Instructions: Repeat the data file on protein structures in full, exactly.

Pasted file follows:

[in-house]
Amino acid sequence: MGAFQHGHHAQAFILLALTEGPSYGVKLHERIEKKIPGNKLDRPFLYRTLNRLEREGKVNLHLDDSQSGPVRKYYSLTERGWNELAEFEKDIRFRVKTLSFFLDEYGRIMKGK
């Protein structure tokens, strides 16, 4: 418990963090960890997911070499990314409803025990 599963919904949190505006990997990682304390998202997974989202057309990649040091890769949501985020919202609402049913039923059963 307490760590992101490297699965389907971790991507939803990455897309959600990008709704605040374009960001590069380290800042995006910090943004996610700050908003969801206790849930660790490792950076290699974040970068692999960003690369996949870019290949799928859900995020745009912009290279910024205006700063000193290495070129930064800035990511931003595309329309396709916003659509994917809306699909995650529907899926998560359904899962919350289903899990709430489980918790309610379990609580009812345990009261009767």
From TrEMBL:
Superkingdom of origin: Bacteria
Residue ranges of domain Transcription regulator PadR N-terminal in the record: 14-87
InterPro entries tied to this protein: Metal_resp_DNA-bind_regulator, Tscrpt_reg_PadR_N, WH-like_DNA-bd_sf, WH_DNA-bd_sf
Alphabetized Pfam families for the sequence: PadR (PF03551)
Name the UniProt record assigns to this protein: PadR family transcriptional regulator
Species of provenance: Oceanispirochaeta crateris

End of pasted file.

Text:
[in-house]
Amino acid sequence: MGAFQHGHHAQAFILLALTEGPSYGVKLHERIEKKIPGNKLDRPFLYRTLNRLEREGKVNLHLDDSQSGPVRKYYSLTERGWNELAEFEKDIRFRVKTLSFFLDEYGRIMKGK
């Protein structure tokens, strides 16, 4: 418990963090960890997911070499990314409803025990 599963919904949190505006990997990682304390998202997974989202057309990649040091890769949501985020919202609402049913039923059963 307490760590992101490297699965389907971790991507939803990455897309959600990008709704605040374009960001590069380290800042995006910090943004996610700050908003969801206790849930660790490792950076290699974040970068692999960003690369996949870019290949799928859900995020745009912009290279910024205006700063000193290495070129930064800035990511931003595309329309396709916003659509994917809306699909995650529907899926998560359904899962919350289903899990709430489980918790309610379990609580009812345990009261009767």
From TrEMBL:
Superkingdom of origin: Bacteria
Residue ranges of domain Transcription regulator PadR N-terminal in the record: 14-87
InterPro entries tied to this protein: Metal_resp_DNA-bind_regulator, Tscrpt_reg_PadR_N, WH-like_DNA-bd_sf, WH_DNA-bd_sf
Alphabetized Pfam families for the sequence: PadR (PF03551)
Name the UniProt record assigns to this protein: PadR family transcriptional regulator
Species of provenance: Oceanispirochaeta crateris